The Babel Proclamation was issued by Iowa's Governor William L. Harding. He took the anti-German sentiment in the wake of World War I further than any other state, and he proclaimed that "Only English was legal in public or private schools, in public conversations, on trains, over the telephone, at all meetings and in all religious services." This document source is the revocation from Harding that removed executive order from the provisions of the "Babel Proclamation," but upheld the use of English only in classrooms. A revocation is the official cancellation of a decree, decision or promise.
Excerpt from Revocation of Babel Proclamation
"...the English language should be employed as the medium of instruction in all schools, in conversation in public places and over telephones, and in public address, which, as was said, would “result in peace and tranquility at home and greatly strengthen the country…… While we welcome enlightened and thrifty people to our shores and to all the advantages of free institutions under our representative form of government, this is not with the view, and should not be so interpreted, of enabling them to establish themselves in communities by themselves and thereby maintaining the language and customs of their former country. All should understand that they are welcome to come, but for the purpose of becoming a part of our own people, to learn and use our language, adopt our customs, and become citizens of our common country. In Testimony Whereof, I have here unto set my hand and caused to be affixed the Great Seal of the State of Iowa. Done at Des Moines, this fourth day of December, 1918. By the Governor:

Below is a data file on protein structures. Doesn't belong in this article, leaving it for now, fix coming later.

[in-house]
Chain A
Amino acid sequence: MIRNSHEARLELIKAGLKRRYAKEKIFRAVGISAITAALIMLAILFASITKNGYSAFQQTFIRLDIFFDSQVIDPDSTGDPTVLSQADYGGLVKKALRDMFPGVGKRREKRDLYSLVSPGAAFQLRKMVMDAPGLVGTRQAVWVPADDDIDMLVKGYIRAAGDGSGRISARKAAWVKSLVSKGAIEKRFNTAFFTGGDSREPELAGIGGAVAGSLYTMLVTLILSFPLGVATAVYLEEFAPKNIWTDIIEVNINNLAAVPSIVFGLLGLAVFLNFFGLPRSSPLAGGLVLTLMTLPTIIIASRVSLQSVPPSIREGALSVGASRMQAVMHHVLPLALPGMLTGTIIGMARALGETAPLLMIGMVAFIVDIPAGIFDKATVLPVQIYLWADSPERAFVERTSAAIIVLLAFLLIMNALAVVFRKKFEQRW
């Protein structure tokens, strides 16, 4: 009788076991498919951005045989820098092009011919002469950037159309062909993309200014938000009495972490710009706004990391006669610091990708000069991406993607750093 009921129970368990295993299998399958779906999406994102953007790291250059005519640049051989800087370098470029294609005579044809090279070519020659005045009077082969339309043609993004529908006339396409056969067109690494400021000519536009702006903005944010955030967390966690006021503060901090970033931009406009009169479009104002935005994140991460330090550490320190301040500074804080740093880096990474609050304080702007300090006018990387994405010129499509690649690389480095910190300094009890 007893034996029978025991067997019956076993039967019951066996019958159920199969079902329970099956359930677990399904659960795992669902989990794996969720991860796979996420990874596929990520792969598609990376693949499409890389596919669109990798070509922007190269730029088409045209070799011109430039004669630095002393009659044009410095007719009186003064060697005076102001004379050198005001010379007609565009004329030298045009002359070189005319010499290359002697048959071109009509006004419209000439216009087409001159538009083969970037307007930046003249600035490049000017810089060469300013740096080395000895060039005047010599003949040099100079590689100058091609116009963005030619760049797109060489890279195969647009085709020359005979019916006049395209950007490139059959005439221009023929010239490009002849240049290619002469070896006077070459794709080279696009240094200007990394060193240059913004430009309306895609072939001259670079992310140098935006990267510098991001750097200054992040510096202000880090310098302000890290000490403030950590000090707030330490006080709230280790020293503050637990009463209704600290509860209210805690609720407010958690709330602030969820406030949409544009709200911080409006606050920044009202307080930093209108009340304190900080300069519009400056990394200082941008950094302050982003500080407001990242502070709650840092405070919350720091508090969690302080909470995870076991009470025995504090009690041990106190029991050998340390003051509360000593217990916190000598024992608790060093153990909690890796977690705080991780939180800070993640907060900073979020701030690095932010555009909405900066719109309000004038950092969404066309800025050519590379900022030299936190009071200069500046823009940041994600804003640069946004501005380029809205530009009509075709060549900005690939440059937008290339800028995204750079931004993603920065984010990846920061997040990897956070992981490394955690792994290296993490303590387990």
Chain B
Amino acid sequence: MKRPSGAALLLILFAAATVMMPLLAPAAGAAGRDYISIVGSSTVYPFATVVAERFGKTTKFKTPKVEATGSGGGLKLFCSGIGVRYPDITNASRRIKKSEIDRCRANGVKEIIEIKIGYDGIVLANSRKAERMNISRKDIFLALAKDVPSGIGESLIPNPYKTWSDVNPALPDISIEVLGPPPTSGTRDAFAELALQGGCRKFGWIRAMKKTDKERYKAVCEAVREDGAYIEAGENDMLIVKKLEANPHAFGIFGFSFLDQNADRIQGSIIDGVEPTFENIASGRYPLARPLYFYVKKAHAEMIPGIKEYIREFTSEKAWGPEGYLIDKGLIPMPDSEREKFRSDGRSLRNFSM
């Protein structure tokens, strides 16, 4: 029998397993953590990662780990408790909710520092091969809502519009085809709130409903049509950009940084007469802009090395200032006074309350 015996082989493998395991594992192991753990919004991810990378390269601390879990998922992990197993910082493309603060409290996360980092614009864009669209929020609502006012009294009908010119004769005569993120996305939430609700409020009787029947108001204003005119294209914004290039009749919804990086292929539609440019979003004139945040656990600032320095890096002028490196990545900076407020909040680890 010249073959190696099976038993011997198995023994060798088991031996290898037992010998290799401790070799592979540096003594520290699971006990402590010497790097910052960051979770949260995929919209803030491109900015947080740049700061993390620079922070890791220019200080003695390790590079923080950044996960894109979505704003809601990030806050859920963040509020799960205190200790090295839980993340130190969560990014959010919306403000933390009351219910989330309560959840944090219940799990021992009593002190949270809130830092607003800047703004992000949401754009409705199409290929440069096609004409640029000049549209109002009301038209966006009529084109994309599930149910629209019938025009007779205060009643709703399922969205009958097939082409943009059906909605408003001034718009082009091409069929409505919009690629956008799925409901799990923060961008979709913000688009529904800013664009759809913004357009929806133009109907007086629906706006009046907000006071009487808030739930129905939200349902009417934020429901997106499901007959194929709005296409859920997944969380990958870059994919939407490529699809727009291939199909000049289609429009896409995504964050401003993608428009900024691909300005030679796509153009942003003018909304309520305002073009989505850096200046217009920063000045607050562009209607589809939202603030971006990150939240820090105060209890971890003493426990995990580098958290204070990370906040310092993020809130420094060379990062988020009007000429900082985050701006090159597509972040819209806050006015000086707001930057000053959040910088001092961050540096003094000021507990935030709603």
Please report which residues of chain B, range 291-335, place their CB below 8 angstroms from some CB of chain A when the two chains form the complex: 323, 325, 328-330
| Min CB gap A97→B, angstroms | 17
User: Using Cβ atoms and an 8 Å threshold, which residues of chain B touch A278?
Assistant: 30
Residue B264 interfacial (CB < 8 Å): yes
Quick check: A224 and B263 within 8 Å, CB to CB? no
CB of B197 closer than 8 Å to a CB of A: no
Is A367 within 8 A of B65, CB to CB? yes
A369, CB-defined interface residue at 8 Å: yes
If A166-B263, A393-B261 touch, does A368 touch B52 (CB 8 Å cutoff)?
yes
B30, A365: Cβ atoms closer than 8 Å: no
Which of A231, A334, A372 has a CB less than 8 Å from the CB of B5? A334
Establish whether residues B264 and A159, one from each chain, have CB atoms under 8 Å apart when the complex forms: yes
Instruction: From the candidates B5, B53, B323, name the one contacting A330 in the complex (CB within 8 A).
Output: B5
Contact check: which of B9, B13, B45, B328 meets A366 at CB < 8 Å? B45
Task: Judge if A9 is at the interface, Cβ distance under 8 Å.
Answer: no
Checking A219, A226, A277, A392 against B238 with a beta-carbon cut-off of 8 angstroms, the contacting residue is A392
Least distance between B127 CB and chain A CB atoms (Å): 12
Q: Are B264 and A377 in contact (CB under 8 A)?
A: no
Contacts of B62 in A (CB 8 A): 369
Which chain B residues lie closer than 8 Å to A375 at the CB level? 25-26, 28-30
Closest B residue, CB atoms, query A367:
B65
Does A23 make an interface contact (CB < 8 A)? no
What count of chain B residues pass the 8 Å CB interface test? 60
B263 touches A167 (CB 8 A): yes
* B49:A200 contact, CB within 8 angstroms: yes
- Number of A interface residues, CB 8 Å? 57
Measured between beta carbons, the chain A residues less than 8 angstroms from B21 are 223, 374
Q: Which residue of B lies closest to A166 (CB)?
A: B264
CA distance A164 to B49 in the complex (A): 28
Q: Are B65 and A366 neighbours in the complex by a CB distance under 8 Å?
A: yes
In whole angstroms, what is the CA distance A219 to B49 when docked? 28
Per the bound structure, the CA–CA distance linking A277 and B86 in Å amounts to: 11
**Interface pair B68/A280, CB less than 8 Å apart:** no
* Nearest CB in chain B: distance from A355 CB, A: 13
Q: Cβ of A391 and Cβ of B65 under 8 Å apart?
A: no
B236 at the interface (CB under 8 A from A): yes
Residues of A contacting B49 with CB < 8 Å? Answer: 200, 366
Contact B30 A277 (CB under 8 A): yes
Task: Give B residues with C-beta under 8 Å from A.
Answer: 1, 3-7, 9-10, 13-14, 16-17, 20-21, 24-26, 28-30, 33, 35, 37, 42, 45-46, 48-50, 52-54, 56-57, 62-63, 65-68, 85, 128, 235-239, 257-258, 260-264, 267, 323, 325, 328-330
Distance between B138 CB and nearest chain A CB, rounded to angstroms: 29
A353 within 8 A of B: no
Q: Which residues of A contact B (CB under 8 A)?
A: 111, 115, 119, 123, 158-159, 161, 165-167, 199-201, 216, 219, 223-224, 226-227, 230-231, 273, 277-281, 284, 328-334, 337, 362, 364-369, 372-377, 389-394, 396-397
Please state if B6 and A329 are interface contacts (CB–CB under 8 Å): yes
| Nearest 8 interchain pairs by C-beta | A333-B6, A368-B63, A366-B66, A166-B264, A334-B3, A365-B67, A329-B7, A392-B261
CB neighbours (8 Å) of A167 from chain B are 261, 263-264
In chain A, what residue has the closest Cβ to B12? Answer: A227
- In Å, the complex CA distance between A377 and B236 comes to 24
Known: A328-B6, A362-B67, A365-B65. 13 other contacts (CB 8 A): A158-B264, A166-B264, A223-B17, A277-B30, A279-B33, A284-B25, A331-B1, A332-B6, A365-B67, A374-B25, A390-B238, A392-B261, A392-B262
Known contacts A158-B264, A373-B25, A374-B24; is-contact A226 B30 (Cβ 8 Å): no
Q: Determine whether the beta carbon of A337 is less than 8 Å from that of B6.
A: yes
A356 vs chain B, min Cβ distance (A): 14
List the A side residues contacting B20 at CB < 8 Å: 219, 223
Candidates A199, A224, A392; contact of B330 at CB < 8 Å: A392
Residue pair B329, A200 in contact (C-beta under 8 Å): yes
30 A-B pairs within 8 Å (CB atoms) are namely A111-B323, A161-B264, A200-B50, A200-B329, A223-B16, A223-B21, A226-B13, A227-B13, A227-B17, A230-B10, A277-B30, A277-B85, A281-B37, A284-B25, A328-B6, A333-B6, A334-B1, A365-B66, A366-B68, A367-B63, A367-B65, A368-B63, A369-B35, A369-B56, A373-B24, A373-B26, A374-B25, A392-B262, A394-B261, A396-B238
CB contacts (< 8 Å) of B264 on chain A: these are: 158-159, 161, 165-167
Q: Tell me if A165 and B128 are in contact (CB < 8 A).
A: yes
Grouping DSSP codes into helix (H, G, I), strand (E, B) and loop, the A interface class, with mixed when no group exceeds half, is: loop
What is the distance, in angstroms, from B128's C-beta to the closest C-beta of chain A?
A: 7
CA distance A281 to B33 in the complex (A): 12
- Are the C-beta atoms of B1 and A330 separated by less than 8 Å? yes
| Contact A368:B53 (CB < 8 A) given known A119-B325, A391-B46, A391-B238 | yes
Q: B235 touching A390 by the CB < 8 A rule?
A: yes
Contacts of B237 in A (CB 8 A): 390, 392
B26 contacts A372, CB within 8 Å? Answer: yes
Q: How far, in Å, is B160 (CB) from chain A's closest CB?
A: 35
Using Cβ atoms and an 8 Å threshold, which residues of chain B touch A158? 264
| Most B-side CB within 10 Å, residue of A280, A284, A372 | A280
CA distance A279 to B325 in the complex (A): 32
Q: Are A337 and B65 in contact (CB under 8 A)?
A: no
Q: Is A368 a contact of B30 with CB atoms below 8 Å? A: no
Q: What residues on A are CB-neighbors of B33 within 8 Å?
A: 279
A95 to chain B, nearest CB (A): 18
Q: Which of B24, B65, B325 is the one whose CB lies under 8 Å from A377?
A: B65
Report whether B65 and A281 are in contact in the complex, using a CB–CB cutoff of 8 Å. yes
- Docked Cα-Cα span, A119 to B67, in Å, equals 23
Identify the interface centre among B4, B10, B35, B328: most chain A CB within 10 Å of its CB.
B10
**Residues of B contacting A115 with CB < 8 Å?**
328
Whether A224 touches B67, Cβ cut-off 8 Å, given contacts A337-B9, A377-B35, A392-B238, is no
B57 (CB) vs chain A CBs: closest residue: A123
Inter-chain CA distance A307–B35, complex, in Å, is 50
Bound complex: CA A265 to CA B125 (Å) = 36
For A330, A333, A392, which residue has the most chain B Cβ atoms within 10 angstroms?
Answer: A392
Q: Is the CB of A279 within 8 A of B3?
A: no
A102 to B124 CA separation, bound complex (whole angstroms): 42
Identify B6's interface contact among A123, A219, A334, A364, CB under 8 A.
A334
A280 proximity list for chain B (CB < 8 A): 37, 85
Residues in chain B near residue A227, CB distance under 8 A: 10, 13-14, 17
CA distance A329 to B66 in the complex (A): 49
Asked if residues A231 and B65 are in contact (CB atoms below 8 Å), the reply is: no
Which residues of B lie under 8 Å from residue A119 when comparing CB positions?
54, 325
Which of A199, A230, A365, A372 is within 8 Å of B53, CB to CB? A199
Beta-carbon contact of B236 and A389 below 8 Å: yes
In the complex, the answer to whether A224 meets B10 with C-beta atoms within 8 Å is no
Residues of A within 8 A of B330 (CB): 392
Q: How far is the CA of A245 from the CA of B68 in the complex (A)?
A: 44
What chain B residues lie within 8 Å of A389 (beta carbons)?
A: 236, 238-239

- What will Governor William Harding’s proclamation mean for immigrants in Iowa?
- Where were immigrants expected to speak English?
- In what ways does requiring immigrants to speak English in school impact an immigrant student's school experience?